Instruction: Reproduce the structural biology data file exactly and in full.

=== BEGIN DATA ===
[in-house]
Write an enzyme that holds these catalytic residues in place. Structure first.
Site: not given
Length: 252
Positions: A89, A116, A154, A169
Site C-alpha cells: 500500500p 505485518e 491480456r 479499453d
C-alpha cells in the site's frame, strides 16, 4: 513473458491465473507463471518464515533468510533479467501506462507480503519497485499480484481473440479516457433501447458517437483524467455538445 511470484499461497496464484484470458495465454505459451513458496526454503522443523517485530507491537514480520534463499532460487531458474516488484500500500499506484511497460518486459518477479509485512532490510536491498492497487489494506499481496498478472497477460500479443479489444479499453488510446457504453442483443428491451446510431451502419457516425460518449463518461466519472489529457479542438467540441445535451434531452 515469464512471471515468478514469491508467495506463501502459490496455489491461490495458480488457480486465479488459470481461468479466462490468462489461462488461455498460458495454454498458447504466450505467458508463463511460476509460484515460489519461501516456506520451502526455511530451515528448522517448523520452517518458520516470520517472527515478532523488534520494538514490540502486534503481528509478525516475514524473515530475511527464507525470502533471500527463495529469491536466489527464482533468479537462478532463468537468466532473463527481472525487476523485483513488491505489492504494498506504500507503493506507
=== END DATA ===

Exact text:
[in-house]
Write an enzyme that holds these catalytic residues in place. Structure first.
Site: not given
Length: 252
Positions: A89, A116, A154, A169
Site C-alpha cells: 500500500p 505485518e 491480456r 479499453d
C-alpha cells in the site's frame, strides 16, 4: 513473458491465473507463471518464515533468510533479467501506462507480503519497485499480484481473440479516457433501447458517437483524467455538445 511470484499461497496464484484470458495465454505459451513458496526454503522443523517485530507491537514480520534463499532460487531458474516488484500500500499506484511497460518486459518477479509485512532490510536491498492497487489494506499481496498478472497477460500479443479489444479499453488510446457504453442483443428491451446510431451502419457516425460518449463518461466519472489529457479542438467540441445535451434531452 515469464512471471515468478514469491508467495506463501502459490496455489491461490495458480488457480486465479488459470481461468479466462490468462489461462488461455498460458495454454498458447504466450505467458508463463511460476509460484515460489519461501516456506520451502526455511530451515528448522517448523520452517518458520516470520517472527515478532523488534520494538514490540502486534503481528509478525516475514524473515530475511527464507525470502533471500527463495529469491536466489527464482533468479537462478532463468537468466532473463527481472525487476523485483513488491505489492504494498506504500507503493506507